I believe I’ve found a key to unconditional self-love.
This morning, I realized that I redefine myself throughout my day. With each action I perform, I reevaluate myself, and honestly others, too.
I’m a good mom when my child is happy, a bad mom when she’s upset. I’m a good business woman when people are buying my offerings, a bad one when they’re not. I’m a good daughter when I can show up for my parents, a bad one when my priorities take precedence. I am a good wife when I greet him with a smile and dinner on the table, a bad one when I’m exhausted and he cooks dinner…
I realized as I journaled earlier, that my upbringing—not just my family, but the church, the school system, my culture, society, etc.—has taught me to judge myself by my performance, rather than my core values. But when who I am is based on performance, my perception of myself can shift many times in a day. No wonder so many of us are exhausted at the end of the day.
Our perceptions of ourselves come from the beliefs we were taught, and criticisms we’ve witnessed and experienced. We take those judgments in and no longer need others to judge us. We begin to judge ourselves.
This morning I woke up with an awareness of this habit and a commitment to letting it go. I am who I am, AND I do things. I am not the things I do. I get to drop the adjectives—the opinionated labels of good, bad, successful, etc. and just be who I am, and make decisions based on my priorities. I don’t need to keep shifting how I view myself all day, based on my decisions. “Good mom” in the morning because I got her to school on time, “bad mom” in the evening because I picked her up late. Every day, all day, I am a mom. Period. Not good, not bad, not exceptional, not lazy. A mom making choices throughout her day.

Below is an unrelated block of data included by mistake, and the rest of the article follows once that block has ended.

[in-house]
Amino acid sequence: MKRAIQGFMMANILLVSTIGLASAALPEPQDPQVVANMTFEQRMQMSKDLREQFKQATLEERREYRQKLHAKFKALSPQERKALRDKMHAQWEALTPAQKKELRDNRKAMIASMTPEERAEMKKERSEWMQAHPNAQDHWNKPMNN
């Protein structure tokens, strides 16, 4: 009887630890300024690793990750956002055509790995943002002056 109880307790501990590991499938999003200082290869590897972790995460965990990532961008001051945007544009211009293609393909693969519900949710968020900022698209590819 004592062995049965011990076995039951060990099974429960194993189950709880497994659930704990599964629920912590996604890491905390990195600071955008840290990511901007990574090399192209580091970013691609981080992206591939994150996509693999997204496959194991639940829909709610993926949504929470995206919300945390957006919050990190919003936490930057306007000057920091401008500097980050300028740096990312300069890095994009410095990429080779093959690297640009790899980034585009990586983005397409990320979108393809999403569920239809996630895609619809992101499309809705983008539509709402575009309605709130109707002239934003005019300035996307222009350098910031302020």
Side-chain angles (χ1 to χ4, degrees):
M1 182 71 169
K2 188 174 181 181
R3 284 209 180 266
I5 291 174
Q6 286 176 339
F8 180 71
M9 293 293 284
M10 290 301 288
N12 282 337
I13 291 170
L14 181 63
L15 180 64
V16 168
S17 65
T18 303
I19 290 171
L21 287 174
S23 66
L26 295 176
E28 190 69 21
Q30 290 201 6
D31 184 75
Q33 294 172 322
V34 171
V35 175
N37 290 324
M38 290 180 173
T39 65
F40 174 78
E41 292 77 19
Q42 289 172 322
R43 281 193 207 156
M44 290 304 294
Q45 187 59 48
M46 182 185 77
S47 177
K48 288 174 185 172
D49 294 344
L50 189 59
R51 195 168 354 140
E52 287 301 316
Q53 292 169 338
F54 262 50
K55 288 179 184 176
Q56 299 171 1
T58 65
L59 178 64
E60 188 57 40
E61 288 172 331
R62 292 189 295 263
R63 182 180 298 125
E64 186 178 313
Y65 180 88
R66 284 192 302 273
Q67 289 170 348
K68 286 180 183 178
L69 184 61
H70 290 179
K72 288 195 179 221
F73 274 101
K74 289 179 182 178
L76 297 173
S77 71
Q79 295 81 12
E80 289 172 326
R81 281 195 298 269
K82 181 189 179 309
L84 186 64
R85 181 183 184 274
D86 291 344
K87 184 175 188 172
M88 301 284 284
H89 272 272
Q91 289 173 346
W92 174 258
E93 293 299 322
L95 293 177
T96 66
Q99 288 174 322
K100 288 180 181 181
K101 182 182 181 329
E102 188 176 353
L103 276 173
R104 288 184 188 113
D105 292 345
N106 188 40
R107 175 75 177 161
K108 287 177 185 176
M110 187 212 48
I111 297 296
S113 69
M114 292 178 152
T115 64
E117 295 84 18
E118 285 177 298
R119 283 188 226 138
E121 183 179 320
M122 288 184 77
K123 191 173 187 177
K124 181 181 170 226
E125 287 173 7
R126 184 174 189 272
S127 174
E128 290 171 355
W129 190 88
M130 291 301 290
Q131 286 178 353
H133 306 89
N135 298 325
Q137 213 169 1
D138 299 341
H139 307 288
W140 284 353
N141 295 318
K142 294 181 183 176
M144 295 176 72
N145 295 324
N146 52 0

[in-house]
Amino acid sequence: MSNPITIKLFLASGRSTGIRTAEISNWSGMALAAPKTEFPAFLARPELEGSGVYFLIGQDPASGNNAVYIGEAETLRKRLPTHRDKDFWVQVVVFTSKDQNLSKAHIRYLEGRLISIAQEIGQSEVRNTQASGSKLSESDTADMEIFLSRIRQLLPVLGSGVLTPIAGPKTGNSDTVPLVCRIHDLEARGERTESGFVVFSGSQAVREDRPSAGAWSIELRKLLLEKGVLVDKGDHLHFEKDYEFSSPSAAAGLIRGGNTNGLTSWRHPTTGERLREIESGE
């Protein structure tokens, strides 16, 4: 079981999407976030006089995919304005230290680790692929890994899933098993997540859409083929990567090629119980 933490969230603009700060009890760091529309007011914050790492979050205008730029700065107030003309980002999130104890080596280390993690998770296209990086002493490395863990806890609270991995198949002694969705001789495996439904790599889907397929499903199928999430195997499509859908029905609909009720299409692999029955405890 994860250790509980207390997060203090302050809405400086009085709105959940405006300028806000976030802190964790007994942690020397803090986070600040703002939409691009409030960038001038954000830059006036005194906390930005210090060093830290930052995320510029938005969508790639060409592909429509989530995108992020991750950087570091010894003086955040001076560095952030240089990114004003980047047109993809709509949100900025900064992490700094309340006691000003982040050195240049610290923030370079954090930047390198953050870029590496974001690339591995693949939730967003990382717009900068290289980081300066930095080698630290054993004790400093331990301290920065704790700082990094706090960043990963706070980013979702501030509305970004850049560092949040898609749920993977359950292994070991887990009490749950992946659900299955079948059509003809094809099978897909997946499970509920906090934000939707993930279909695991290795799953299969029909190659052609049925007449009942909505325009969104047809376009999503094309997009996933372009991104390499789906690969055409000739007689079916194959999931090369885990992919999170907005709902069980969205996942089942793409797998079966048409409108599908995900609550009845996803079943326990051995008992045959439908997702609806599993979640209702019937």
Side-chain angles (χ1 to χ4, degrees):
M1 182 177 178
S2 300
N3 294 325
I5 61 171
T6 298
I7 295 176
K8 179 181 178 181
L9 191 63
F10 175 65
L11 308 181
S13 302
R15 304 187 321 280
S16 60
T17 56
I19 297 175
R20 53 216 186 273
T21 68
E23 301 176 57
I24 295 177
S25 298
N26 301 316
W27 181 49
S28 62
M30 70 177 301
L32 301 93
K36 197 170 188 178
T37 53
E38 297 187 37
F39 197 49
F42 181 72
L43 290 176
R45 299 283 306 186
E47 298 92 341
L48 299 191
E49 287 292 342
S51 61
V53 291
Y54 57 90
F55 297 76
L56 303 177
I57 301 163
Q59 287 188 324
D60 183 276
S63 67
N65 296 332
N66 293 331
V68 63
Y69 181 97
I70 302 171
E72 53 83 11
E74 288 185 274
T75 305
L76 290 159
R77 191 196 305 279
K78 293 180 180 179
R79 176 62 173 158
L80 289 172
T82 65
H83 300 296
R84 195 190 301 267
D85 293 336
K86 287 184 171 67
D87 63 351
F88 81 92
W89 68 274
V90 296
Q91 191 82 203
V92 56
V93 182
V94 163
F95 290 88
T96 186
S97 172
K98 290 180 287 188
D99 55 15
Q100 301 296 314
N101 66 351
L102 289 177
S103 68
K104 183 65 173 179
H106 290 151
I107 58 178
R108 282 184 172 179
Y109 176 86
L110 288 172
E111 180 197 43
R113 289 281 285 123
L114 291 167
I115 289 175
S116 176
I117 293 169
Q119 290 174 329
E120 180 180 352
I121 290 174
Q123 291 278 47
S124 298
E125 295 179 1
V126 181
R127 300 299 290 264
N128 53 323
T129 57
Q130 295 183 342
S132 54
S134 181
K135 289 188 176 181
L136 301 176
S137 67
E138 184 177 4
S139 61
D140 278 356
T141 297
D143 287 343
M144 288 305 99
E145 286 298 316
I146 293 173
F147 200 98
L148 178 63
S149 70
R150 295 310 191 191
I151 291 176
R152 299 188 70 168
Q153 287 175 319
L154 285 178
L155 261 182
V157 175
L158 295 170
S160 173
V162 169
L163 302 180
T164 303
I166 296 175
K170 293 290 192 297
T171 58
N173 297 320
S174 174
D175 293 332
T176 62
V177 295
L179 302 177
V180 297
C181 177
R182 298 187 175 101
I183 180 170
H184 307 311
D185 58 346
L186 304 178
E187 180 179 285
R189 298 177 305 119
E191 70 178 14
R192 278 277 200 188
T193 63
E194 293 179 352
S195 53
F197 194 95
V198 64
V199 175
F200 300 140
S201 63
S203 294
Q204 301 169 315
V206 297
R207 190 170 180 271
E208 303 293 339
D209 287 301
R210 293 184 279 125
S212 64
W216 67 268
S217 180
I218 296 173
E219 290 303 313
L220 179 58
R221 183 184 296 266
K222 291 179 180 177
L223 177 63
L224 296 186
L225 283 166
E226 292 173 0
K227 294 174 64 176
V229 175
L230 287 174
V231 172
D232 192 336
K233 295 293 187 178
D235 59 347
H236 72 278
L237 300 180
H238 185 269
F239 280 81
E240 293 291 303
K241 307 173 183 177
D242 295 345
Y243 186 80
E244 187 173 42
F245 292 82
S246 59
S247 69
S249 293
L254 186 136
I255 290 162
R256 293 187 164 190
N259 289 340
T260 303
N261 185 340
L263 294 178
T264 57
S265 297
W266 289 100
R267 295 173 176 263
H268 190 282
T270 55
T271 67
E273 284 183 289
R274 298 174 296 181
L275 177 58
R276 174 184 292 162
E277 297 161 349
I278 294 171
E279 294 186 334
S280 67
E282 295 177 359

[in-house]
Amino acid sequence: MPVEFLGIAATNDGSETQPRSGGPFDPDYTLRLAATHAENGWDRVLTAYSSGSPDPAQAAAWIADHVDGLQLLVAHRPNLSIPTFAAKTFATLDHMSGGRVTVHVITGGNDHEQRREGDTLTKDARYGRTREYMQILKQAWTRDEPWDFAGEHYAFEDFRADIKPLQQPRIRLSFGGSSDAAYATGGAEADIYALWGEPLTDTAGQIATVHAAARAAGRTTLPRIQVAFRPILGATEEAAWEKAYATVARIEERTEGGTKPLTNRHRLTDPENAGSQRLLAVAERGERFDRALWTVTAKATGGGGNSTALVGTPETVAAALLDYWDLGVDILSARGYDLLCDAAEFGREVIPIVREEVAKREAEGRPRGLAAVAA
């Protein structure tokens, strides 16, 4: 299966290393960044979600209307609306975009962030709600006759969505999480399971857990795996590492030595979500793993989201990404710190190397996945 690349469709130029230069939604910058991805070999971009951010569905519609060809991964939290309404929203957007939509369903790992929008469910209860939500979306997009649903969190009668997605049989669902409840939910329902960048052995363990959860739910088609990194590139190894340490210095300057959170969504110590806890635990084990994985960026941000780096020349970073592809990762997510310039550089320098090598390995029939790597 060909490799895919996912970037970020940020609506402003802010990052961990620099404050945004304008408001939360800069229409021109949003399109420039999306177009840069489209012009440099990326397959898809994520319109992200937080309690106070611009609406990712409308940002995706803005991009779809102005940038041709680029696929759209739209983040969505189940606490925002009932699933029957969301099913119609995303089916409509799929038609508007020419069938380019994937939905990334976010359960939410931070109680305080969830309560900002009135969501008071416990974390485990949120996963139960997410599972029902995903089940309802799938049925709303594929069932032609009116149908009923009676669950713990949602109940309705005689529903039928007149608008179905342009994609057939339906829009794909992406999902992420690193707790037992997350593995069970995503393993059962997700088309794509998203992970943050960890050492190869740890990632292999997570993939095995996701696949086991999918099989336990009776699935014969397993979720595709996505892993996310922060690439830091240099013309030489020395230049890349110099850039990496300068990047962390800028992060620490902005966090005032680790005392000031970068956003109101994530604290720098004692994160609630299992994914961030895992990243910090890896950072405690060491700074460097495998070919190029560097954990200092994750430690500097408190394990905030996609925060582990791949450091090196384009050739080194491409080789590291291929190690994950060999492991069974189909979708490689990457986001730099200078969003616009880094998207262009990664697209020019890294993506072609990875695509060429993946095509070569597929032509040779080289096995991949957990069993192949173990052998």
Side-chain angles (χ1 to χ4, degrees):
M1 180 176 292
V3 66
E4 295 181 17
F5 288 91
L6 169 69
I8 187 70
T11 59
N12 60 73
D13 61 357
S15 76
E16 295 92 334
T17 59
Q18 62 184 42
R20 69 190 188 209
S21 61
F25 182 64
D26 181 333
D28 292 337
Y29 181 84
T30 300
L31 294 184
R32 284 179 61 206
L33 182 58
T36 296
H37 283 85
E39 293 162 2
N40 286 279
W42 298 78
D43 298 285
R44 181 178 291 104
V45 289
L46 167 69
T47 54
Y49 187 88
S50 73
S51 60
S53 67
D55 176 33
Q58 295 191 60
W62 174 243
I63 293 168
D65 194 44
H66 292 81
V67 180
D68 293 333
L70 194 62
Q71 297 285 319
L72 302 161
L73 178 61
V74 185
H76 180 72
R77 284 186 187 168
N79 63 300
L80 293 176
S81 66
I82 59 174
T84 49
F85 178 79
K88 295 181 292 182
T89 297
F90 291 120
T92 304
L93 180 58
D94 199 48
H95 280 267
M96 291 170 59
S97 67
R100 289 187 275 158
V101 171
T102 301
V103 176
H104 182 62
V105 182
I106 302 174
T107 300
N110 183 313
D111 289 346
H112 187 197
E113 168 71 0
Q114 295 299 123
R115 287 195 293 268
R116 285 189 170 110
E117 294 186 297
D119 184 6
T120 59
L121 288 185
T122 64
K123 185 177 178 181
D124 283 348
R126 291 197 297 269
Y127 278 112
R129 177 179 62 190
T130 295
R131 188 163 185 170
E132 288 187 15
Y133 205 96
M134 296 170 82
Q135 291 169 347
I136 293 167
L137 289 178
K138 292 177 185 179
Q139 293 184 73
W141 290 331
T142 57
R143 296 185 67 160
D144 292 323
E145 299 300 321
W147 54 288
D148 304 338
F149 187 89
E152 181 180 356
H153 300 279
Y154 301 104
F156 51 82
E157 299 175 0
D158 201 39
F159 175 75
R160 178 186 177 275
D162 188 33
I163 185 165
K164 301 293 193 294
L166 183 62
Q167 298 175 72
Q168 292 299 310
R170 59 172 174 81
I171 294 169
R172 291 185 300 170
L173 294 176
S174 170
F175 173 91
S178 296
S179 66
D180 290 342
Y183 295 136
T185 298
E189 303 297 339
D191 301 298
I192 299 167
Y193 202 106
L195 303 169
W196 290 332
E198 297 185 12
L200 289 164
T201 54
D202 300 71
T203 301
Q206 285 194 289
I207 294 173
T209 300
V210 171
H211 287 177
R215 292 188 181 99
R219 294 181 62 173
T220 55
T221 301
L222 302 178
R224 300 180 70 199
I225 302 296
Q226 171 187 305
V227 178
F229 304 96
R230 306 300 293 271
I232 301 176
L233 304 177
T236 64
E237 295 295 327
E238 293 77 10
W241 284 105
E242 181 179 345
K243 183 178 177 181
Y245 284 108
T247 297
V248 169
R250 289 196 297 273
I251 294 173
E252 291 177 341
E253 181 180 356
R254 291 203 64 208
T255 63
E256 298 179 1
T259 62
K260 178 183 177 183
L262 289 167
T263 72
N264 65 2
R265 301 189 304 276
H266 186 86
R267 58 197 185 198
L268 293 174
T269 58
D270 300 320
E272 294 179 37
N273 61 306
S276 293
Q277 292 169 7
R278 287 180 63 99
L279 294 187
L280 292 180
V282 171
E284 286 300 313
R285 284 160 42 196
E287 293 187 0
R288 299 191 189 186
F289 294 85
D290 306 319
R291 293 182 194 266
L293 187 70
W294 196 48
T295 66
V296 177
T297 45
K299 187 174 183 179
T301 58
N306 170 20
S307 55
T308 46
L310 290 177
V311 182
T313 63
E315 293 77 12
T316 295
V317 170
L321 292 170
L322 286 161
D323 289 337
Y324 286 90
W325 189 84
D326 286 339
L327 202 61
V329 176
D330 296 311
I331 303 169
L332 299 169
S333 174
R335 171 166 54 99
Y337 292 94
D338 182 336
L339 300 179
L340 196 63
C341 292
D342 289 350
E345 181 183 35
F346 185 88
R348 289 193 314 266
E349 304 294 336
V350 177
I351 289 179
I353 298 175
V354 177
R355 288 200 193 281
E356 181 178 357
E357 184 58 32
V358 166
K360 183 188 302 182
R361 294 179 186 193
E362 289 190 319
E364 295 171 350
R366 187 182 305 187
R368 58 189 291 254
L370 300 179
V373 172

It’s freeing to drop that tendency to flip flop on how I view myself… to stop the self-abuse. It’s really about shining light on that internal voice that is evaluating every single thing we do. (I break this down further in my upcoming book, You’re Being Catfished.) We get to see that the punishment and rewards systems we experienced in childhood—with labels of “good girl” and “good boy” as additional rewards for our performance, and their opposites as punishments—taught us that who we are is based on what we do.
One way to know if this is still impacting you is to think of how you label yourself (in your mind or aloud) when you can buy whatever you want vs when you have to check your balance first, when you’re the top performer at work vs when you’ve been demoted, when your post goes viral vs when you get no response, or even when you’ve got your snatched body with your six pack abs vs the keg.
If you love yourself unconditionally, your choices don’t change that fact. You don’t beat yourself up when your performance isn’t at its peak. Your love remains, even when your choices shift.
Maybe you’ve already mastered unconditional self-love. That’s great! For me, this realization is new and eye-opening. I am now aware so I can actively stop judging myself and choose actions that best support my present intentions. I get to separate who I am from what I do. I can be a mom who served dinner at 9, instead of 5 without being a “bad” mom. I can take a day off to replenish, and not feel like a “bad” business owner. I can reply to a text message when it’s convenient for me, rather than interrupt my nap, without calling myself a “bad” friend. And I can extend that kindness to others.
When we are more loving and understanding toward ourselves, we are automatically more understanding and loving toward others. We can drop the opinion-based labels we place on ourselves, make aligned choices, and address ourselves, and others, with love.
Marlene Dillon Empowerment Specialist